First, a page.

- Some people are more temperamentally suited to the demands of foster parenting. Tweet This
- To the extent that we think of foster parents as people who must completely empathize with and become indignant at the injustice felt by those they care for, we may turn these roles into those of martyrs and saints. Tweet This
What does it take to be a foster parent? A 2018 investigation by the Boston Globe found that 2,000 Massachusetts foster families had stopped accepting foster kids into their homes in the previous five years. No doubt some of this falloff is because of the infuriating bureaucracy foster families face. And some of it is because they don’t get the proper support they need from family and friends.
It’s also true, though, that some people are more temperamentally suited to the demands of foster parenting—demands such as, handling kids with severe behavioral challenges or who have been traumatized by other adults in their lives and have difficulty forming emotional attachments. In a recent article in The New Yorker about people who have genetic mutations that don’t allow them to feel physical pain, Ariel Levy profiled a middle-aged Scottish woman named Joanne Cameron, who not only doesn’t notice if her hand is burning or her foot is bleeding, but her “negative emotional range is limited to the kinds of bearable suffering one sees in a Nora Ephron movie.” Which is to say, Levy explains:
When something bad happens, Cameron’s brain immediately searches for a way to ameliorate the situation, but it does not dwell on unhappiness. She inadvertently follows the creed of the Stoics (and of every twelve-step recovery program): Accept the things you cannot change.
This seems to have given Cameron a special advantage during her 17 years as a special education teacher and as a foster parent to four children. As Levy recounts:
“I had a Down-syndrome girl—who was actually quite high-functioning—and she would come in every morning and she’d walk up to me and spit in my face, and say, ‘I hate you, Jo Cameron! I hate you!’ And I’d stand there and say, ‘I don’t like being spat on, but I don’t hate you!’ ” Cameron told me, smiling. “Oh, I’ve had some very difficult students. I’ve been bitten; I’ve been spat on; I’ve been kicked!”... One of [the foster kids] stole all their vacation money from the cookie jar. “She did take things for the sake of taking them,” Cameron said pleasantly. “It took us years to catch up! When eight hundred pounds is gone from your vacation kitty, it takes a long time to recoup.”
The vast majority of the population will never be able to limit their negative emotions to this extent. But there are some things we might be able to learn from her about how feeling pain—and even feeling someone else’s pain—may not necessarily give us a greater ability to care for others.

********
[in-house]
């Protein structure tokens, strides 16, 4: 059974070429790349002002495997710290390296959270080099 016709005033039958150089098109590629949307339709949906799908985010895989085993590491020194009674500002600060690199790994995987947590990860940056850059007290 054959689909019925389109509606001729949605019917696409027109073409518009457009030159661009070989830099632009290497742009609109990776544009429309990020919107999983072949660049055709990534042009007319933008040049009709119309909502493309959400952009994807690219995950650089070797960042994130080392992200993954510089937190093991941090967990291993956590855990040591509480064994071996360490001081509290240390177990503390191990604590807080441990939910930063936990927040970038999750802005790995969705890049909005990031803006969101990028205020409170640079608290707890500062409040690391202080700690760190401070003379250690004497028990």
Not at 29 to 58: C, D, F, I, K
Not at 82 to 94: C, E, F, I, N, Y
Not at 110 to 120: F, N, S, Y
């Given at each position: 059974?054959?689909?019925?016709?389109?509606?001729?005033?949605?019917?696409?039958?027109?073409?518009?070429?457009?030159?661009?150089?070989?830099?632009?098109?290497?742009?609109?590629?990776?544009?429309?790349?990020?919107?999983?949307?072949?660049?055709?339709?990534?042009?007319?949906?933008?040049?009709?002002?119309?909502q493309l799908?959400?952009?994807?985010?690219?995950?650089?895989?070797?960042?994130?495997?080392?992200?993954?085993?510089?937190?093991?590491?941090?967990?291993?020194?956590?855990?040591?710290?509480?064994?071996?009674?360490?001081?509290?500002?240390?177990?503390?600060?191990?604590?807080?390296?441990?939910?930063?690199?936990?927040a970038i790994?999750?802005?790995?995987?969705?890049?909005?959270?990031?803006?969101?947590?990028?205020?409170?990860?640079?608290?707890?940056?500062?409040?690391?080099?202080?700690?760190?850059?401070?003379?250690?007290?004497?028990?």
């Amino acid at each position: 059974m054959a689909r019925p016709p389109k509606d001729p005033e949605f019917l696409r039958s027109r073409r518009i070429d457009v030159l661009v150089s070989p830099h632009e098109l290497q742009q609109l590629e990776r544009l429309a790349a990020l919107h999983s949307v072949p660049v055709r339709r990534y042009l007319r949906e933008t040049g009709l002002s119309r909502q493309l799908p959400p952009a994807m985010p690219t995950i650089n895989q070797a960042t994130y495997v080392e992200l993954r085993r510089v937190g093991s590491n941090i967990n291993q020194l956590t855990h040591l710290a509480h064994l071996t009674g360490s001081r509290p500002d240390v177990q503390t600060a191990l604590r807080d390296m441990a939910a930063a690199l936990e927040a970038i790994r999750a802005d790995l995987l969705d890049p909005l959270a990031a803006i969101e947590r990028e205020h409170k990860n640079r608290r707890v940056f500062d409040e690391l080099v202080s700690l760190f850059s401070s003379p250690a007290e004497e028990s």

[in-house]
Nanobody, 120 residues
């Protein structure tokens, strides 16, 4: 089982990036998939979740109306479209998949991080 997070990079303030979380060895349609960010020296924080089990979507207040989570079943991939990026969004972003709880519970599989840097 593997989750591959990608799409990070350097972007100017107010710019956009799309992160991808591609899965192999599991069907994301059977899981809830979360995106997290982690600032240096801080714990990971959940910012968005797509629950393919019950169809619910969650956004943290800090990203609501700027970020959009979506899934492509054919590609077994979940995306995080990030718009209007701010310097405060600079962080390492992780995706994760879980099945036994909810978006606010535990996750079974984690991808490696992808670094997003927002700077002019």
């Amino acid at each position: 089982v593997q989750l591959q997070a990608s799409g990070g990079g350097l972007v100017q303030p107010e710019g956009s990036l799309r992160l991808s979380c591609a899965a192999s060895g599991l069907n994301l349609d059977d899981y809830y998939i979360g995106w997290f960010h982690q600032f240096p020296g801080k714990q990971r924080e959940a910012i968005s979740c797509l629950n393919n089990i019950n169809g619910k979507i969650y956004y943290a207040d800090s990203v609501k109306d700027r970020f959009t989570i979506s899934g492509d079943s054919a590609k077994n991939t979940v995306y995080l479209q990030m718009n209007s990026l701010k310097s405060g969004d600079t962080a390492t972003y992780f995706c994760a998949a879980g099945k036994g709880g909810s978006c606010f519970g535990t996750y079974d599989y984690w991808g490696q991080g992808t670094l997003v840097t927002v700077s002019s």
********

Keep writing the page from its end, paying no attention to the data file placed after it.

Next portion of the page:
In an article in the Wall Street Journal based on his book Against Empathy, Paul Bloom writes, “If we don’t empathize with others, don’t feel their pain, why would we care enough to help them? If the alternative to empathy is apathy, then perhaps we should stick with it, regardless of its flaws.” But then he argues that we can help others—indeed, we may be better able to do so—if we do not take on their pain as our own. He cites neuroscientists Tania Singer and Olga Klimecki in a 2014 article for the journal Current Biology:
“In contrast to empathy, compassion does not mean sharing the suffering of the other: rather, it is characterized by feelings of warmth, concern and care for the other, as well as a strong motivation to improve the other’s well-being. Compassion is feeling for and not feeling with the other.”
The question of how we can best help those in need—of what kinds of attitudes and temperaments are necessary to do so—is one that the late Gertrude Himmelfarb considered extensively in her work on the Victorians. In her great work “Poverty and Compassion,” Himmelfarb, who passed away a few weeks ago, wrote:
“In its sentimental mode, compassion is an exercise in moral indignation, in feeling good rather than doing good…. In its unsentimental mode, compassion seeks above all to dogood, and this requires a stern sense of proportion, of reason and self-control.”
To be “genuinely compassionate,” in the Victorians’ view, “was not to be selfless; it was only to be true to one’s ‘best self’ and the ‘common good’ that included one’s own good. This was not a heroic goal, not the aspiration of a saint or a martyr. But it was eminently moral and humane.”
Indeed, to the extent that we think of foster parents and those in difficult “caring” professions as people who must completely empathize with and become indignant at the injustice felt by those they care for, we may turn these roles into those of martyrs and saints. That, in turn, will make them more difficult to fill.
Naomi Schaefer Riley is a senior fellow at the Independent Women’s Forum and a resident fellow at the American Enterprise Institute.